The fish is also known in other parts as a black bass, brown bass and bronzeback. The names come from its coloration. The fish is bronze or brownish in color on the upper part of the body, with brown and greenish sides, some vertical black bars and white or light yellow underside. It has a continuous dorsal fin, which looks like two separate fins. The upper jaw reaches up to a point level with the eyes, but never higher, and the mouth is ahead of the eyes. Its most distinguishing feature is its bright red or orange eyes.
Attempts to establish the smallmouth in Utah were made between 1912 and 1914. It wasn't until more recently, however, that the fish became recognized by Utah anglers, who were more in tune with fishing for trout. Originally the fish was found in the Great Lakes region and in the mid-South. Now it is found in most states, except for Alaska, Florida and Louisiana. Smallmouth are similar to trout in the conditions they prefer. They like cold, clear water and cannot tolerate water above 80 degrees. They do not require woody cover like the largemouth bass, but prefer rocky shorelines, which makes them an ideal fish for so many of Utah's rocky reservoirs like Starvation, Lake Powell and Flaming Gorge. Smallmouth like to stay close to shore, which makes them a good fit for these waters along with trout, which prefer to cruise in open water. Smallmouth are very aggressive fish and will outcompete most other fish. Smallmouth bass eat insects, crayfish, other fish and any careless reptile, bird or mammal that can fit into its mouth. The smallmouth bass is smaller than its cousin, the largemouth, but is noted for its fight. Most smallmouth range from one to two pounds. Fish up to four pounds are considered trophies. The world record is 10 pounds, 14 ounces. The Utah record is 7 pounds, 6 ounces and was caught in 1996 in Midview Reservoir. Like the largemouth, the smallmouth offers excellent table qualities.
Utah's most famous smallmouth fisheries are Lake Powell and Flaming Gorge. Both of these reservoirs were not originally smallmouth fisheries. Smallmouth were introduced later on to control chubs at Flaming Gorge and as the largemouth bass cover disappeared at Lake Powell. Introductions were very successful and angler acceptance was immediate. Smallmouth bass are now found in many of Utah's most popular Wasatch Front reservoirs, including Jordanelle, Deer Creek, Rockport, Echo, East Canyon, Pineview and Willard Bay. Most notable of these is Jordanelle, where smallmouth bass in excess of four pounds are common. Other outstanding smallmouth fisheries in Utah are Minersville, New Castle, Starvation, Otter Creek, Piute, Bullock and Midview reservoirs.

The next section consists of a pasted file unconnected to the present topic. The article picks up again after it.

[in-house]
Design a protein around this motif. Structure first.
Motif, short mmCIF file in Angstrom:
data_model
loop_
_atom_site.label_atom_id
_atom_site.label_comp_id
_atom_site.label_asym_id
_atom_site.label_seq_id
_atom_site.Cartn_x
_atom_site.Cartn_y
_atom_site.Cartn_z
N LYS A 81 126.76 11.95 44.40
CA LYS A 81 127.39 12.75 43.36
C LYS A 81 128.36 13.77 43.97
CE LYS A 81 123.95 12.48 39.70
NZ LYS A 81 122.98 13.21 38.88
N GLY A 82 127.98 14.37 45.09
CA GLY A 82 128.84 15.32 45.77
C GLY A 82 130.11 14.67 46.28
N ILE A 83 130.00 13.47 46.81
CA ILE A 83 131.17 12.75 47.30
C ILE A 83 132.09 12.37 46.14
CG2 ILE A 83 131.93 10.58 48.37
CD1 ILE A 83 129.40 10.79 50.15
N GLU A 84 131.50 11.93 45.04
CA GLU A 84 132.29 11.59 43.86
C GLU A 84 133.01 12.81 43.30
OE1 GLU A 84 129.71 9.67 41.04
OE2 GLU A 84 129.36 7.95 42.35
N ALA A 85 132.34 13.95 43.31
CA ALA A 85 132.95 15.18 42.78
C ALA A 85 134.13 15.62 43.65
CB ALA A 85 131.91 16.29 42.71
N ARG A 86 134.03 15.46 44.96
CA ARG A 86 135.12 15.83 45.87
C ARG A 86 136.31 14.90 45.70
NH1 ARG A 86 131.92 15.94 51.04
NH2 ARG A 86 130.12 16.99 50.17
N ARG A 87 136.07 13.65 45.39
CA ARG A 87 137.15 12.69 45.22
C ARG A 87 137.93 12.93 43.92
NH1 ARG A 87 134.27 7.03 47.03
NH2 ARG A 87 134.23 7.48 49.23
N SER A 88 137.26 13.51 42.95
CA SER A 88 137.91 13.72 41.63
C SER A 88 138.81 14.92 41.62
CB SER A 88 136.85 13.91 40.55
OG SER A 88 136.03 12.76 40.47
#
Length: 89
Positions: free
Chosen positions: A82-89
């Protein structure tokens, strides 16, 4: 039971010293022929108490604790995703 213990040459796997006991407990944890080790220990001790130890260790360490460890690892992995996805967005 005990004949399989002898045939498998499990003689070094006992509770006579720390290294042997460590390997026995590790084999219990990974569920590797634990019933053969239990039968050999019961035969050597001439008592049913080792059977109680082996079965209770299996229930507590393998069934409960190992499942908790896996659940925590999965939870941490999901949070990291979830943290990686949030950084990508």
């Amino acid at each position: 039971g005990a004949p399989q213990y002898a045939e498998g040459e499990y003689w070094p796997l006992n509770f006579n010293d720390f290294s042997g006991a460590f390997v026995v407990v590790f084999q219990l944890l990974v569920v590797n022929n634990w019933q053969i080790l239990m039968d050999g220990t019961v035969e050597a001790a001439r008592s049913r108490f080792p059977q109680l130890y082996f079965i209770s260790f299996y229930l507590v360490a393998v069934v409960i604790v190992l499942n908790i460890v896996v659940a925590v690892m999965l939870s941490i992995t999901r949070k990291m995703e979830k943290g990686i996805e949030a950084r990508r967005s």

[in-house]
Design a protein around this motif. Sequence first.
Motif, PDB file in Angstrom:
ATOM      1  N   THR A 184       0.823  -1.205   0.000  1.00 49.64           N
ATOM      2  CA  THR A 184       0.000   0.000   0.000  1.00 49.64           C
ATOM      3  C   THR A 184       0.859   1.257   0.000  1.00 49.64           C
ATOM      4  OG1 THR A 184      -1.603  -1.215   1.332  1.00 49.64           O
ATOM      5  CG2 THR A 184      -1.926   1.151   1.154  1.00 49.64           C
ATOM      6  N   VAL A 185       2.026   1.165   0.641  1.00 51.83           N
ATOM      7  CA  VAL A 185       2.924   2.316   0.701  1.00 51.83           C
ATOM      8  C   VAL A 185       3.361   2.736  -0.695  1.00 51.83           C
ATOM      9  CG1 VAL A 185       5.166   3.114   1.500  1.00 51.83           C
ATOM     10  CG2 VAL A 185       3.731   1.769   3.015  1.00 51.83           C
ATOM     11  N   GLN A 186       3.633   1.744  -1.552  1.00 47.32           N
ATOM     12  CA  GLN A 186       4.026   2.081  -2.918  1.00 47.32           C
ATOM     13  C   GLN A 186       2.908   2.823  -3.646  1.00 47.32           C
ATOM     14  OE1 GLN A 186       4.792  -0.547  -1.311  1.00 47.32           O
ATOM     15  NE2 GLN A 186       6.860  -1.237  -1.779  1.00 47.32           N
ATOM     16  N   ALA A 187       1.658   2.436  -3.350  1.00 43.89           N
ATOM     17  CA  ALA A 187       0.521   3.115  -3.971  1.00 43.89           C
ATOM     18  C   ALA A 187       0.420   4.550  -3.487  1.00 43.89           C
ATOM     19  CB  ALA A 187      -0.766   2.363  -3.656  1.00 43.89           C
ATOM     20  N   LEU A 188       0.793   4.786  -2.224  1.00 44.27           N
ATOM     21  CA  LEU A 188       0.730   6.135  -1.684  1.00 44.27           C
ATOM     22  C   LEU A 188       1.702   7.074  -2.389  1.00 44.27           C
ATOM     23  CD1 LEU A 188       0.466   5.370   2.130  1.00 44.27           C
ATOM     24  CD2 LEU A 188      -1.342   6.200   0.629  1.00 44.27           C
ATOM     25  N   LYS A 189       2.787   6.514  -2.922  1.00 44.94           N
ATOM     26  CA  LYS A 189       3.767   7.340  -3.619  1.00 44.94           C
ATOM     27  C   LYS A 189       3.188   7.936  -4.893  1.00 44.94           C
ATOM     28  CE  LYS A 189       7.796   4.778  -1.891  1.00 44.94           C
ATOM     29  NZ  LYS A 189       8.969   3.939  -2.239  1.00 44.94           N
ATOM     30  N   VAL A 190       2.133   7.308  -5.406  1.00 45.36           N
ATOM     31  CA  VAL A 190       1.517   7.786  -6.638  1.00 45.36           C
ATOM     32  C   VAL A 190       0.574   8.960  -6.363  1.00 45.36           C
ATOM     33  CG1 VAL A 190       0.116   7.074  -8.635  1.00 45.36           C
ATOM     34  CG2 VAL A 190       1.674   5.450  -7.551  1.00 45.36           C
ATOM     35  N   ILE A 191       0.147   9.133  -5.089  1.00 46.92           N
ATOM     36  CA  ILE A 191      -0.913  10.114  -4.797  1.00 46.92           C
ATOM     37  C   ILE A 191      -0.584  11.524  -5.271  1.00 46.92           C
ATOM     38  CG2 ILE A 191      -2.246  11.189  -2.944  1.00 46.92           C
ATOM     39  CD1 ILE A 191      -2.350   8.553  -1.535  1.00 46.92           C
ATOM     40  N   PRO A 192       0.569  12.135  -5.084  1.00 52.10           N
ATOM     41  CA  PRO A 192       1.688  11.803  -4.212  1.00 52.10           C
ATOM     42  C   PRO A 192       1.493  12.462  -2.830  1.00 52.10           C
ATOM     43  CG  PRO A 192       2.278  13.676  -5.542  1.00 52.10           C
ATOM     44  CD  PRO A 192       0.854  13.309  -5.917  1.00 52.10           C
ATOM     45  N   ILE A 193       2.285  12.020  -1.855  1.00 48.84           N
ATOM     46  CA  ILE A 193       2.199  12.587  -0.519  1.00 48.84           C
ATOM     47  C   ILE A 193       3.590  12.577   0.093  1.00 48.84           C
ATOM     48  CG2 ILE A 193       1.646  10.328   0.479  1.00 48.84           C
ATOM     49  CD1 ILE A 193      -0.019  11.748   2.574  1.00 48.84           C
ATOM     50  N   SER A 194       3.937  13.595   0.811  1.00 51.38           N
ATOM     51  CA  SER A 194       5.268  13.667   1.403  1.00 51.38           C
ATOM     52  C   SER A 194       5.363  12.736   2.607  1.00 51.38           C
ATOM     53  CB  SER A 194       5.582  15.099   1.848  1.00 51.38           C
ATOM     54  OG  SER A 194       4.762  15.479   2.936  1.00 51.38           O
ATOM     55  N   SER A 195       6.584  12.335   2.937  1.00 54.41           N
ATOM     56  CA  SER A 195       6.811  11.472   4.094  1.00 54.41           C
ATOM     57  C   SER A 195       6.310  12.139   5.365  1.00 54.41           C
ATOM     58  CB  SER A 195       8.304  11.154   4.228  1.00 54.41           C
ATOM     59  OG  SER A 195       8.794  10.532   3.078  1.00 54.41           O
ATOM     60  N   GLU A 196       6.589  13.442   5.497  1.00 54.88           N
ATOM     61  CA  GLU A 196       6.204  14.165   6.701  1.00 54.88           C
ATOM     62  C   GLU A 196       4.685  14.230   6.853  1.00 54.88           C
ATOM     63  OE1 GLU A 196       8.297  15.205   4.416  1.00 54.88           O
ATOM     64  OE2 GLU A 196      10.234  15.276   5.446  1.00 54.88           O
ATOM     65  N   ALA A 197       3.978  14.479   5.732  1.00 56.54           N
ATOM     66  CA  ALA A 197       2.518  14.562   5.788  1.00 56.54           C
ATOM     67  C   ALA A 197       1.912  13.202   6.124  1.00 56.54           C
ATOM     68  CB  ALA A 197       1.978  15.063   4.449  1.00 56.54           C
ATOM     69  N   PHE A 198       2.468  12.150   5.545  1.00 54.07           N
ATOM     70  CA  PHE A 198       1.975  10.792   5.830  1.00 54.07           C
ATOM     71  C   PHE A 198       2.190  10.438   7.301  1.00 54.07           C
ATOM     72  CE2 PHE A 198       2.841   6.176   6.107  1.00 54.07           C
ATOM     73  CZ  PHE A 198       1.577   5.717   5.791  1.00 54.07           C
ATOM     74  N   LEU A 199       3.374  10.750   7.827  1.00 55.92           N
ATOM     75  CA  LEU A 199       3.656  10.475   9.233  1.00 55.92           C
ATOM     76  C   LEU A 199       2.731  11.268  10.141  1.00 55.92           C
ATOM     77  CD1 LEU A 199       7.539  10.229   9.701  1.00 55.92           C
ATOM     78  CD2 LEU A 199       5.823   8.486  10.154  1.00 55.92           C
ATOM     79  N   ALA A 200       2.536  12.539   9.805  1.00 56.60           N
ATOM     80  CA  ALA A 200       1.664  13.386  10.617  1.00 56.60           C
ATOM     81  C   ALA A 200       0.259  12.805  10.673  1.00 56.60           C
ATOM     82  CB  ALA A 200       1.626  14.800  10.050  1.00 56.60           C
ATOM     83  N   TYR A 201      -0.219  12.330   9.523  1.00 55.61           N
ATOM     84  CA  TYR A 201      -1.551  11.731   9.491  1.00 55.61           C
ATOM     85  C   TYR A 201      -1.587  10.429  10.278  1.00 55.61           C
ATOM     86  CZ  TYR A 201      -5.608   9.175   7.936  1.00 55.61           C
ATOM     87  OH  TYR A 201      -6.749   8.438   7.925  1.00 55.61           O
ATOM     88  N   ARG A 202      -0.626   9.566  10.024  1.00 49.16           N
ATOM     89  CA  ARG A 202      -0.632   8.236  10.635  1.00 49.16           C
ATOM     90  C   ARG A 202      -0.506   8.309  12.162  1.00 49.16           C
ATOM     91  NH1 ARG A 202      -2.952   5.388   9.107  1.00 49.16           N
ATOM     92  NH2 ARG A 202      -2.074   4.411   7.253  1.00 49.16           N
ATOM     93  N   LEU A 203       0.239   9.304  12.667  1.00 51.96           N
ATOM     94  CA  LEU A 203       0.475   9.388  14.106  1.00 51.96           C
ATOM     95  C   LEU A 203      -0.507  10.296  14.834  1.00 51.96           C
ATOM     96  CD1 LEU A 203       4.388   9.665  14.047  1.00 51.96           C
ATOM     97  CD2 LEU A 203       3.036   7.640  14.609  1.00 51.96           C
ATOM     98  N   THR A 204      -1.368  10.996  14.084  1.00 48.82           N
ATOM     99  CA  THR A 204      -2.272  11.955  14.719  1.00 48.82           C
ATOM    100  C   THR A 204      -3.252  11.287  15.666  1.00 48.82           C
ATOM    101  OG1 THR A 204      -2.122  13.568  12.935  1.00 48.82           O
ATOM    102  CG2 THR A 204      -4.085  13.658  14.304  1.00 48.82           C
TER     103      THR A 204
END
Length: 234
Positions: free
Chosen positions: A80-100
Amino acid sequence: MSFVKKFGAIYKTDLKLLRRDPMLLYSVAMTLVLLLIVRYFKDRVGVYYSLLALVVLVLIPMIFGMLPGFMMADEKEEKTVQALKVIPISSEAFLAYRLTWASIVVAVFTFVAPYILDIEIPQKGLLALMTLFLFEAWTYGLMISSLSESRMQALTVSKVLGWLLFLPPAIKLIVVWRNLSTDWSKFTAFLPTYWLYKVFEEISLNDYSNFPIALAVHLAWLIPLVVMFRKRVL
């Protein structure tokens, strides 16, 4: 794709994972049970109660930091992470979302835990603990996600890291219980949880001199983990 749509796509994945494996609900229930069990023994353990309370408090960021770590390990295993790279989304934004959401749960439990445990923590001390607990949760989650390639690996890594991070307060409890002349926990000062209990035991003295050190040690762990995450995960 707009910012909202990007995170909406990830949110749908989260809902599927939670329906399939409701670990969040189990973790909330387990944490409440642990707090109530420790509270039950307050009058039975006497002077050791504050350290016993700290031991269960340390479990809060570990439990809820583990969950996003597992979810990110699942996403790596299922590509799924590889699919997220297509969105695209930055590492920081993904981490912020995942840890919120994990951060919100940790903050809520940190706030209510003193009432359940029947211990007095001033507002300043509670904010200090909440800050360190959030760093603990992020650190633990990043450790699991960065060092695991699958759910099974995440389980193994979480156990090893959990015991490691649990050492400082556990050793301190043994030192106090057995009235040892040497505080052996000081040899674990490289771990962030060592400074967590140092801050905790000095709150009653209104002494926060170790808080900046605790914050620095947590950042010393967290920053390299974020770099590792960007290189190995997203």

Smallmouth bass can be caught on baits, although few anglers fish for them using bait. Minnows, worms and crawfish all work and are more effective if suspended below a float and allowed to drift along the shore line. Smallmouth seem to like to chase their food and will viciously attack crank baits and spinners. Good crank baits include Lucky Craft LV-100 and Rapala Rattlin'Rap in a shad or crawfish color. Diving crank baits like Lucky Craft Flat CB, Rapala Shad Rap or Hot Lips in minnow or crawfish colors work when the fish have gone deep. Many anglers overlook spinners when fishing for smallmouth. Spinners can be fished shallow or deep and require less investment than crank baits. Mepps, Panther Martin or Rooster Tail spinners cast toward cover are always reliable. Use the dressed treble models in brass, copper or try some of the brightly painted blades. Soft plastic lures that imitate crawfish or minnows are synonymous with smallmouth bass. This type of lure can be rigged to be snagless and cast into the tangles and rock piles. Adjust the amount of weight used to match where you find the fish and work them from shallow to deep, watching for the subtle take. Smallmouth bass hit surface lures best in the early morning and late evening. Popper-type surface lures fished on rocky points and to structure are a fun way to catch smallies. Fly rod anglers find smallmouth easy to catch on flies such as Woolly Buggers that imitate crayfish, Glimmer Leeches that imitate minnows or on the surface with cork or Deer Hair poppers.
Note: Watch for a new state record this coming year. Conditions have been good and the smallies are big and fat.
Byron Gunderson, Fish Tech Outfitters contributed to this report.